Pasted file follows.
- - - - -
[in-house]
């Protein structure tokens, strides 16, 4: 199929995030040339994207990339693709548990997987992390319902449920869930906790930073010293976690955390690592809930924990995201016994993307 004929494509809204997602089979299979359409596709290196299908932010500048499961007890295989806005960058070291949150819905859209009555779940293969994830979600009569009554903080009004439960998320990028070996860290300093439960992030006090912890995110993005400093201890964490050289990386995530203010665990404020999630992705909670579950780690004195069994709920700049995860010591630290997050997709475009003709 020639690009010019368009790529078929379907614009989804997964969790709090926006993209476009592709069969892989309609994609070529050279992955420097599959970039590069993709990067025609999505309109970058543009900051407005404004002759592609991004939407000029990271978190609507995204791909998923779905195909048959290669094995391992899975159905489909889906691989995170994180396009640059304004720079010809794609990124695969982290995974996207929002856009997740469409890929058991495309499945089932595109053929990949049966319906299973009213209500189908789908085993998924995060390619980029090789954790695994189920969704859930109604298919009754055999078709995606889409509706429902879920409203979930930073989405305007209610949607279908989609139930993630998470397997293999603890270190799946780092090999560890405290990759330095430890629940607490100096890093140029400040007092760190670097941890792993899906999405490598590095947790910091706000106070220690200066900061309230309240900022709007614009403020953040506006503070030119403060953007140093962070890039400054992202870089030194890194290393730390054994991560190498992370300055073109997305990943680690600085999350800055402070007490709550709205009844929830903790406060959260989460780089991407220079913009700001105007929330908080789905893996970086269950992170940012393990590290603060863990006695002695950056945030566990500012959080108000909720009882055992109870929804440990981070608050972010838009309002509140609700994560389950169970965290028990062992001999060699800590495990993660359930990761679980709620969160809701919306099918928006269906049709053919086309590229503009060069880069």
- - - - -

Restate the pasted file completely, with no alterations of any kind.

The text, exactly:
[in-house]
């Protein structure tokens, strides 16, 4: 199929995030040339994207990339693709548990997987992390319902449920869930906790930073010293976690955390690592809930924990995201016994993307 004929494509809204997602089979299979359409596709290196299908932010500048499961007890295989806005960058070291949150819905859209009555779940293969994830979600009569009554903080009004439960998320990028070996860290300093439960992030006090912890995110993005400093201890964490050289990386995530203010665990404020999630992705909670579950780690004195069994709920700049995860010591630290997050997709475009003709 020639690009010019368009790529078929379907614009989804997964969790709090926006993209476009592709069969892989309609994609070529050279992955420097599959970039590069993709990067025609999505309109970058543009900051407005404004002759592609991004939407000029990271978190609507995204791909998923779905195909048959290669094995391992899975159905489909889906691989995170994180396009640059304004720079010809794609990124695969982290995974996207929002856009997740469409890929058991495309499945089932595109053929990949049966319906299973009213209500189908789908085993998924995060390619980029090789954790695994189920969704859930109604298919009754055999078709995606889409509706429902879920409203979930930073989405305007209610949607279908989609139930993630998470397997293999603890270190799946780092090999560890405290990759330095430890629940607490100096890093140029400040007092760190670097941890792993899906999405490598590095947790910091706000106070220690200066900061309230309240900022709007614009403020953040506006503070030119403060953007140093962070890039400054992202870089030194890194290393730390054994991560190498992370300055073109997305990943680690600085999350800055402070007490709550709205009844929830903790406060959260989460780089991407220079913009700001105007929330908080789905893996970086269950992170940012393990590290603060863990006695002695950056945030566990500012959080108000909720009882055992109870929804440990981070608050972010838009309002509140609700994560389950169970965290028990062992001999060699800590495990993660359930990761679980709620969160809701919306099918928006269906049709053919086309590229503009060069880069």